10 Best Telescopes | March 2017

We spent 30 hours on research, videography, and editing, to review the top options for this wiki. Whether you are an amateur stargazer or a professional astronomer, we've got you covered in our selection of telescopes that includes everything from the basic moon watcher up to computer controlled nebula viewers that can find and track distant celestial bodies. We've ranked them by price, ease of use, magnification capability, and image clarity. Skip to the best telescope on Amazon.
10 Best Telescopes | March 2017


Overall Rank: 6
Best Mid-Range
★★★
Overall Rank: 3
Best High-End
★★★★
Overall Rank: 10
Best Inexpensive
★★★
10
The Celestron 21036 PowerSeeker 70AZ is the ideal choice for kids who are interested in astronomy. It won't dig too deeply into your wallet and it is lightweight enough that they can move it around without parental assistance. It cannot track objects, though.
9
The Orion 10012 SkyScanner is the only tabletop model good enough to make our list. It features 100mm parabolic primary mirror optics, unlike many entry-level models which use plastic lenses. This means it offers better light reflection to create clear imagery.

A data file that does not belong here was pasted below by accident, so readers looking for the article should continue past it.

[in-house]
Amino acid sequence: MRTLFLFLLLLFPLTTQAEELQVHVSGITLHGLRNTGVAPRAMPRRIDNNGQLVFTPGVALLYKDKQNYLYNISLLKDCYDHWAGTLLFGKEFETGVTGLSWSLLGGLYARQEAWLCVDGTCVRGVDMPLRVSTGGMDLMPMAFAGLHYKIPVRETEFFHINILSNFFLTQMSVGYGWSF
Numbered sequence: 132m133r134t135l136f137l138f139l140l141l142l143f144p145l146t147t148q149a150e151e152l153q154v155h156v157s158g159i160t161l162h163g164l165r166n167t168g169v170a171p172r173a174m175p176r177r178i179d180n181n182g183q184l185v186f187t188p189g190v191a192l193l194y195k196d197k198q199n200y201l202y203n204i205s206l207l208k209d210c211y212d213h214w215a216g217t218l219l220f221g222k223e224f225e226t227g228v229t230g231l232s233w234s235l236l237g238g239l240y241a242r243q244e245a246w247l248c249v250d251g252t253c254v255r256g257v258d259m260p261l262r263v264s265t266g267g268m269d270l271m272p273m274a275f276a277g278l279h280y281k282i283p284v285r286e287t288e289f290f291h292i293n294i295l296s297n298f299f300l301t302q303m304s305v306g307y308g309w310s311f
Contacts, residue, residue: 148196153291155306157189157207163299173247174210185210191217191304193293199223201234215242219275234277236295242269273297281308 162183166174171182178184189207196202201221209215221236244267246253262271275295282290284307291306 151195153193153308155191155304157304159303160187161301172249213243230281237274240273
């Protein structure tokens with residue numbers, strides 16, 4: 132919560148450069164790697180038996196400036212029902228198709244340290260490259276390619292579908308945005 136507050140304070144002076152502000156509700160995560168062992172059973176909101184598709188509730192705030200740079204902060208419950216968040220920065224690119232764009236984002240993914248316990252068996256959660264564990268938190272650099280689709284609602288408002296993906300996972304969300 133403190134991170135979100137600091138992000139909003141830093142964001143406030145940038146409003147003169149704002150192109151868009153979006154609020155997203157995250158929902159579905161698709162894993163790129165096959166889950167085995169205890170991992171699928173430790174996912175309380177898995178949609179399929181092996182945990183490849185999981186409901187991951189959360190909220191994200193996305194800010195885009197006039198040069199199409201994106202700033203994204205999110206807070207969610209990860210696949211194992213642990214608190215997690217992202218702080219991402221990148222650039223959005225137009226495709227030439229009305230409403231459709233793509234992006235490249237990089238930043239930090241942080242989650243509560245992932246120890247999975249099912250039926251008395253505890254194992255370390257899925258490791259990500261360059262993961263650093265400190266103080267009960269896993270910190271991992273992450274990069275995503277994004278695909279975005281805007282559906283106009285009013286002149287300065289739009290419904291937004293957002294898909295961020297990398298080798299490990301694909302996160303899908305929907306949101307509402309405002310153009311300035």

8
The Celestron NexStar 8 SE is powerful for its small size, as it weighs just 16lbs yet has an 8-inch aperture that makes it capable of capturing stunning detail. It combines both refraction and reflection to achieve good clarity from a compact unit.
7
The Orion 09007 SpaceProbe features an EQ-2 equatorial mount for smooth tracking of slow-moving celestial objects. It has a 6 X 30 finderscope and comes with two Sirius Plossl eyepieces, plus a collimation cap for narrowing particles.
  • secondary mirror reduces light loss
  • mount has convenient hand controls
  • tripod base wobbles a bit
Brand Orion
Model 9007
Weight 36.5 pounds
6
The Sky-Watcher ProED 120 APO offers a deep black background to produce more contrast and make stars or planets really stand out. It has a dual-speed focuser, so you won't miss any quick astral movements, and comes with an aluminum carrying case.